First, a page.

Study examines cognitive impairment in families with exceptional longevity

May 6, 2013

A study by Stephanie Cosentino, Ph.D., of Columbia University, New York, and colleagues examines the relationship between families with exceptional longevity and cognitive impairment consistent with Alzheimer disease.

The cross-sectional study included a total of 1,870 individuals (1,510 and 360 spouse controls) recruited through the Long Life Family Study. The main outcome measure was the prevalence of cognitive impairment based on a diagnostic algorithm validated using the National Alzheimer's Coordinating Center data set.

According to study results, the cognitive algorithm classified 546 individuals (38.5 percent) as having cognitive impairment consistent with Alzheimer disease. Long Life Family Study probands had a slightly but not statistically significant reduced risk of cognitive impairment compared with spouse controls (121 of 232 for probands versus 45 of 103 for spouse controls), whereas Long Life Family Study sons and daughters had a reduced risk of (11 of 213 for sons and daughters versus 28 of 216 for spouse controls). Restriction to nieces and nephews in the generation attenuated this association (37 of 328 for nieces and nephews versus 28 of 216 for spouse controls).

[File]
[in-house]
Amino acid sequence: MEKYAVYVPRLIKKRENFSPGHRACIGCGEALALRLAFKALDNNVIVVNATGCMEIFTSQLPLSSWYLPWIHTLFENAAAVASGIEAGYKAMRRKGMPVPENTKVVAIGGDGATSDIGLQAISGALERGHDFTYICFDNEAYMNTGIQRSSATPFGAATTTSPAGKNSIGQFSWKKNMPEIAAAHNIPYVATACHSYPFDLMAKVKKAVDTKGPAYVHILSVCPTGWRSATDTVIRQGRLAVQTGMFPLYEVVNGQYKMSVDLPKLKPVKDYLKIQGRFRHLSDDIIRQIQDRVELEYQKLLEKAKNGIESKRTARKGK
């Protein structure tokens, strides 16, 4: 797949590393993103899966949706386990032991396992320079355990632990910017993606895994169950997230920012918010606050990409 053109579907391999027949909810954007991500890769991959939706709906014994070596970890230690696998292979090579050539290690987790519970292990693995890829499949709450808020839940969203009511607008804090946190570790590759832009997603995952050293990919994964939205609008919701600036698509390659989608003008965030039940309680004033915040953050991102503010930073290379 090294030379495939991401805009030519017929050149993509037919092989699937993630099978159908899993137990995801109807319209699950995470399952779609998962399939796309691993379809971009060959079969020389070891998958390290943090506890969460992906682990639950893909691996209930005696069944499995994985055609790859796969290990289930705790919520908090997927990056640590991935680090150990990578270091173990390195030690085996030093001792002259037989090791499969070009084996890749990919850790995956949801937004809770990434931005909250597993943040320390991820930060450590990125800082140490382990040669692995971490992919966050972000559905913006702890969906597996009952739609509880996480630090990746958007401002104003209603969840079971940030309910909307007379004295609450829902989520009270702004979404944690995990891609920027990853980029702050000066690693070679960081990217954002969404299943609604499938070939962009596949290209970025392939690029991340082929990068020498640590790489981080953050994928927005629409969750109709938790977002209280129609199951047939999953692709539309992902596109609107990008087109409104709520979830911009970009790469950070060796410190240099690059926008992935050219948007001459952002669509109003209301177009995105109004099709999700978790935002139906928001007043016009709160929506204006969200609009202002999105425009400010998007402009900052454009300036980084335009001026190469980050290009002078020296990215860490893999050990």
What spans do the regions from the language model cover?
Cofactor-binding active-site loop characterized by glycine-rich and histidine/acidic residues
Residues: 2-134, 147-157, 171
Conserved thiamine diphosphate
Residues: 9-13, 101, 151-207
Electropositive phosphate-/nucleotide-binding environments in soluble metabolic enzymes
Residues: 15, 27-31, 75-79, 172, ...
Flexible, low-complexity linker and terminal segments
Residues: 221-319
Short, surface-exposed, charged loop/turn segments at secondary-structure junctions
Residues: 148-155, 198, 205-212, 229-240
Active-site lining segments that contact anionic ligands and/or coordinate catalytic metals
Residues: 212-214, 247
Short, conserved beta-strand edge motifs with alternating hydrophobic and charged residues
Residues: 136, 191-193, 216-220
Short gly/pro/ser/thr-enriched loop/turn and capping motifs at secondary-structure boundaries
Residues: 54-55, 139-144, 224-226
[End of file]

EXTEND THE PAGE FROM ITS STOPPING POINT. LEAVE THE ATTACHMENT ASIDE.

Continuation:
"Overall, our results appear to be consistent with a delayed onset of disease in long-lived families, such that individuals who are part of exceptionally long-lived families are protected but not later in life," the study concludes.

Explore further: Cardiac disease linked to higher risk of mental impairment

More information: JAMA Neurol. Published online May 6, 2013. doi:10.1001/.jamaneurol.2013.1959

Related Stories

Cardiac disease linked to higher risk of mental impairment

January 28, 2013

Cardiac disease is associated with increased risk of mild cognitive impairment such as problems with language, thinking and judgment—particularly among women with heart disease, a Mayo Clinic study shows. Known as nonamnestic ...

Recommended for you

After blindness, the adult brain can learn to see again

October 25, 2016

More than 40 million people worldwide are blind, and many of them reach this condition after many years of slow and progressive retinal degeneration. The development of sophisticated prostheses or new light-responsive elements, ...

The current state of psychobiotics

October 25, 2016

Now that we know that gut bacteria can speak to the brain—in ways that affect our mood, our appetite, and even our circadian rhythms—the next challenge for scientists is to control this communication. The science of psychobiotics, ...

Can a brain-computer interface convert your thoughts to text?

October 25, 2016

Ever wonder what it would be like if a device could decode your thoughts into actual speech or written words? While this might enhance the capabilities of already existing speech interfaces with devices, it could be a potential ...


Please sign in to add a comment. Registration is free, and takes less than a minute. Read more

Click here to reset your password.
Sign in to get notified via email when new comments are made.